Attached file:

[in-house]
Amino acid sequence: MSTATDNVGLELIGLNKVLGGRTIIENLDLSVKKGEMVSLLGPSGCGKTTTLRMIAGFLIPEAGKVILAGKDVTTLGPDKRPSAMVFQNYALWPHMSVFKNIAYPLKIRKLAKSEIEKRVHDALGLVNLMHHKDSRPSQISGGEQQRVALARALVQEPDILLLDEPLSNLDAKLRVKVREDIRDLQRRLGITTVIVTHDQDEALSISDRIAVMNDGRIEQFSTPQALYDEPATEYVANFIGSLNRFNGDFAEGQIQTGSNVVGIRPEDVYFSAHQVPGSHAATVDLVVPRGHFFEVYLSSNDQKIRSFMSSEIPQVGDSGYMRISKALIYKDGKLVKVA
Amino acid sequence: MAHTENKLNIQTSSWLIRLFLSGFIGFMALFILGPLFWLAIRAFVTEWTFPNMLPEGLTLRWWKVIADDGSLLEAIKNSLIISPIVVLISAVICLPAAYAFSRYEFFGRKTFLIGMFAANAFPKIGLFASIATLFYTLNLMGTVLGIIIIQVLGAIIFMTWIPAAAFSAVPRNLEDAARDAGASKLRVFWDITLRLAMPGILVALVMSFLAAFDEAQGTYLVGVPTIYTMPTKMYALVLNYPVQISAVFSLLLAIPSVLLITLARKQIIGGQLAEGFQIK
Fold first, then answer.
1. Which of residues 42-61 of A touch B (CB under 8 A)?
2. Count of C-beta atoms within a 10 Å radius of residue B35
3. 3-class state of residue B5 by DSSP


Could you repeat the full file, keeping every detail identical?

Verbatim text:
[in-house]
Amino acid sequence: MSTATDNVGLELIGLNKVLGGRTIIENLDLSVKKGEMVSLLGPSGCGKTTTLRMIAGFLIPEAGKVILAGKDVTTLGPDKRPSAMVFQNYALWPHMSVFKNIAYPLKIRKLAKSEIEKRVHDALGLVNLMHHKDSRPSQISGGEQQRVALARALVQEPDILLLDEPLSNLDAKLRVKVREDIRDLQRRLGITTVIVTHDQDEALSISDRIAVMNDGRIEQFSTPQALYDEPATEYVANFIGSLNRFNGDFAEGQIQTGSNVVGIRPEDVYFSAHQVPGSHAATVDLVVPRGHFFEVYLSSNDQKIRSFMSSEIPQVGDSGYMRISKALIYKDGKLVKVA
Amino acid sequence: MAHTENKLNIQTSSWLIRLFLSGFIGFMALFILGPLFWLAIRAFVTEWTFPNMLPEGLTLRWWKVIADDGSLLEAIKNSLIISPIVVLISAVICLPAAYAFSRYEFFGRKTFLIGMFAANAFPKIGLFASIATLFYTLNLMGTVLGIIIIQVLGAIIFMTWIPAAAFSAVPRNLEDAARDAGASKLRVFWDITLRLAMPGILVALVMSFLAAFDEAQGTYLVGVPTIYTMPTKMYALVLNYPVQISAVFSLLLAIPSVLLITLARKQIIGGQLAEGFQIK
Fold first, then answer.
1. Which of residues 42-61 of A touch B (CB under 8 A)?
2. Count of C-beta atoms within a 10 Å radius of residue B35
3. 3-class state of residue B5 by DSSP